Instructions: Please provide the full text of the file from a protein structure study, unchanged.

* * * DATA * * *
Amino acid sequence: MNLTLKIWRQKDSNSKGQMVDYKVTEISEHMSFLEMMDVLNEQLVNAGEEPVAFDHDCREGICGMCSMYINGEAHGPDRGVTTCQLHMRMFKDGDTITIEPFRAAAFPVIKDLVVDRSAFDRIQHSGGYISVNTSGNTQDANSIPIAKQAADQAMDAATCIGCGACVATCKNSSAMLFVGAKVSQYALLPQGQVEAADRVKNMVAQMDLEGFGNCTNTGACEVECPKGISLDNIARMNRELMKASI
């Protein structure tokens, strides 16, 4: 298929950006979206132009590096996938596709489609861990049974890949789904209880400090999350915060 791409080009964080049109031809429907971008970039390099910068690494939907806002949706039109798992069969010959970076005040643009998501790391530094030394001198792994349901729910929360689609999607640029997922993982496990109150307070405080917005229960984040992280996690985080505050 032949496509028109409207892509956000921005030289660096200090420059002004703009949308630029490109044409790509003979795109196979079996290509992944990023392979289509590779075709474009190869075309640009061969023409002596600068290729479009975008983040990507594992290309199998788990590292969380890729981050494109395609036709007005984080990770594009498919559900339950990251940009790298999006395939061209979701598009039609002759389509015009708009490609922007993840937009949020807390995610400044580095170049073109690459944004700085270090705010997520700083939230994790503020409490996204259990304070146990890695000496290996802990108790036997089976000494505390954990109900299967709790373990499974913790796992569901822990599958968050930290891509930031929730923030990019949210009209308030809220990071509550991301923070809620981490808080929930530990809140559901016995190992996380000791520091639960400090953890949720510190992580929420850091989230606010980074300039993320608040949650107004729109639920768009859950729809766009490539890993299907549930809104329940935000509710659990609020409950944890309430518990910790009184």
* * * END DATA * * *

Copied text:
Amino acid sequence: MNLTLKIWRQKDSNSKGQMVDYKVTEISEHMSFLEMMDVLNEQLVNAGEEPVAFDHDCREGICGMCSMYINGEAHGPDRGVTTCQLHMRMFKDGDTITIEPFRAAAFPVIKDLVVDRSAFDRIQHSGGYISVNTSGNTQDANSIPIAKQAADQAMDAATCIGCGACVATCKNSSAMLFVGAKVSQYALLPQGQVEAADRVKNMVAQMDLEGFGNCTNTGACEVECPKGISLDNIARMNRELMKASI
């Protein structure tokens, strides 16, 4: 298929950006979206132009590096996938596709489609861990049974890949789904209880400090999350915060 791409080009964080049109031809429907971008970039390099910068690494939907806002949706039109798992069969010959970076005040643009998501790391530094030394001198792994349901729910929360689609999607640029997922993982496990109150307070405080917005229960984040992280996690985080505050 032949496509028109409207892509956000921005030289660096200090420059002004703009949308630029490109044409790509003979795109196979079996290509992944990023392979289509590779075709474009190869075309640009061969023409002596600068290729479009975008983040990507594992290309199998788990590292969380890729981050494109395609036709007005984080990770594009498919559900339950990251940009790298999006395939061209979701598009039609002759389509015009708009490609922007993840937009949020807390995610400044580095170049073109690459944004700085270090705010997520700083939230994790503020409490996204259990304070146990890695000496290996802990108790036997089976000494505390954990109900299967709790373990499974913790796992569901822990599958968050930290891509930031929730923030990019949210009209308030809220990071509550991301923070809620981490808080929930530990809140559901016995190992996380000791520091639960400090953890949720510190992580929420850091989230606010980074300039993320608040949650107004729109639920768009859950729809766009490539890993299907549930809104329940935000509710659990609020409950944890309430518990910790009184």